THE Courier reported earlier this month on East Lothian Council putting together its first Gaelic language plan. Here are two of the letters we received on the issue following the story:

MARIE Sharp reports (June 10) how East Lothian Council will, over the next five years, ensure new and replacement bilingual street signages and that its online communications will become translatable into Gaelic.

As the originators of such an approach since 2010, the 1745 Battle Trust sees that as a significant step.

But, if it has to have any significant meaning for us across the county and for our visitors, we believe it must be coherently focused.

And let’s begin by noting that except for two centuries after Scots’ victory over the Anglo-Saxons at the Battle of Carham in 1018, Gaelic was scarcely ever spoken in East Lothian until September/November 1745. That was when Bonnie Prince Charlie’s army of some 2,500 Gaelic-speaking Highlanders were in residence.

It was this fact that led the trust to introduce its bilingual signages and interpretation boards around the battlefield. We have also used Gaelic at our exhibitions and in publications, especially for the Scottish Diaspora Tapestry because many of the emigrant ancestors of those telling their tales spoke Gaelic and sustained the language in Nova Scotia, the US, Australia and New Zealand. And we have gone, and will continue to go, further, honouring Gaelic song and poetry and literature that has connection with the Prince’s victory at Prestonpans in 1745. The Gaelic scholar Dolina Maclennan is one of our trustees and is leading three workshops this summer at the first bilingual exhibition at the John Gray Centre, which we are organising. All our activities in Prestonpans Town Hall, where we have a five-year lease, will also be bilingual, starting on June 26-27 with the Orders of Battle.

What we have been able to achieve at the trust can certainly be emulated at Blindwells, which is being built absolutely on the battlefield’s Riggonhead Defile. The Highlanders walked at night (admittedly in silence!) along that route from Tranent to their astonishing victory on September 21, 1745. We are ambitious that not only will street names and signage be bilingual but that proper interpretation will be in place so that those arriving in their new homes will understand exactly why. Hargreaves are already constructing The Prince’s Loch and we have plans afoot for Scotland’s first statue of the Prince there too.

This recitation of our activities thus far is intended to boldly advance the case that the most welcome initiatives with the Gaelic language in East Lothian are likely to be those with demonstrable relevance and where their presence is fully explained.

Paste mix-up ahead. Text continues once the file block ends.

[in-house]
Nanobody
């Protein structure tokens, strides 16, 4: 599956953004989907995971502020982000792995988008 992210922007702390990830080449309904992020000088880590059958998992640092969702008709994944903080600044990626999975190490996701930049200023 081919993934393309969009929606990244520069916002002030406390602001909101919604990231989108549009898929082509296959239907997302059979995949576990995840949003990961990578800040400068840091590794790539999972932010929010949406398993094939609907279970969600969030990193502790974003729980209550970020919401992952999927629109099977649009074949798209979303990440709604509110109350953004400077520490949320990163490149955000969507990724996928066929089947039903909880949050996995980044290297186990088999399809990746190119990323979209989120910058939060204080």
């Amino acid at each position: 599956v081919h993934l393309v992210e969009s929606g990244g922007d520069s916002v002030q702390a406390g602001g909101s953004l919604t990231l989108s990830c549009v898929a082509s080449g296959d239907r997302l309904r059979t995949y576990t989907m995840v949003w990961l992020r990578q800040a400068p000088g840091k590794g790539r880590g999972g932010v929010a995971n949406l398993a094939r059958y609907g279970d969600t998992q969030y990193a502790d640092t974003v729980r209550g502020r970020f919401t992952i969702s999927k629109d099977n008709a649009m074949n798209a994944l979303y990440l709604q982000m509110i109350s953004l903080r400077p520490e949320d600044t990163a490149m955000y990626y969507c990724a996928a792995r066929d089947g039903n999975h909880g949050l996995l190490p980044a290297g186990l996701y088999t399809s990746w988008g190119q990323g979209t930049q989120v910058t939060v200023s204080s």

Dr Gordon Prestoungrange

Joint Chairman, Battle of Prestonpans [1745] Heritage Trust

East Lothian Courier:

AS A LOVER of language, I believe efforts to safeguard the future of Gaelic are to be commended. However, there is no sense at all in giving it undue prominence in East Lothian, as the council is set to do (Courier, June 10).

Gaelic has precious little heritage in East Lothian, where Scots has always dominated. Indeed, Gaelic has next to no history in huge swathes of the country. It’s not a true ‘national’ language like Welsh and is predominantly centred on the Highlands and Islands. Preserving it in those areas and giving it equal prominence to English is a great idea. But trying to foist it on places it has never been a prominent language makes no more sense than trying to export Doric to the Western Isles.

Yes, there are some places in East Lothian with names of Gaelic origin, suggesting that there is at least some Gaelic history here. There are also places in the county with names of Norse origin. Does that mean we should start teaching children Norse, putting Norse on road signs and in the council’s logo?

Ultimately, the aim of road signs should be to quickly and clearly convey meaning to road users. Dual-language signs certainly serve this purpose in areas where two languages are widely spoken. That’s simply not the case here. There are barely any Gaelic speakers in East Lothian – and none at all who aren’t fluent in English. Indeed, if a second language were to be chosen, the likes of Polish or Urdu are much more widely spoken and so would make far more sense.

Let’s do everything we can to preserve Gaelic – but let’s do that where it’s part of the local culture and heritage; that’s not in East Lothian.

Name and address supplied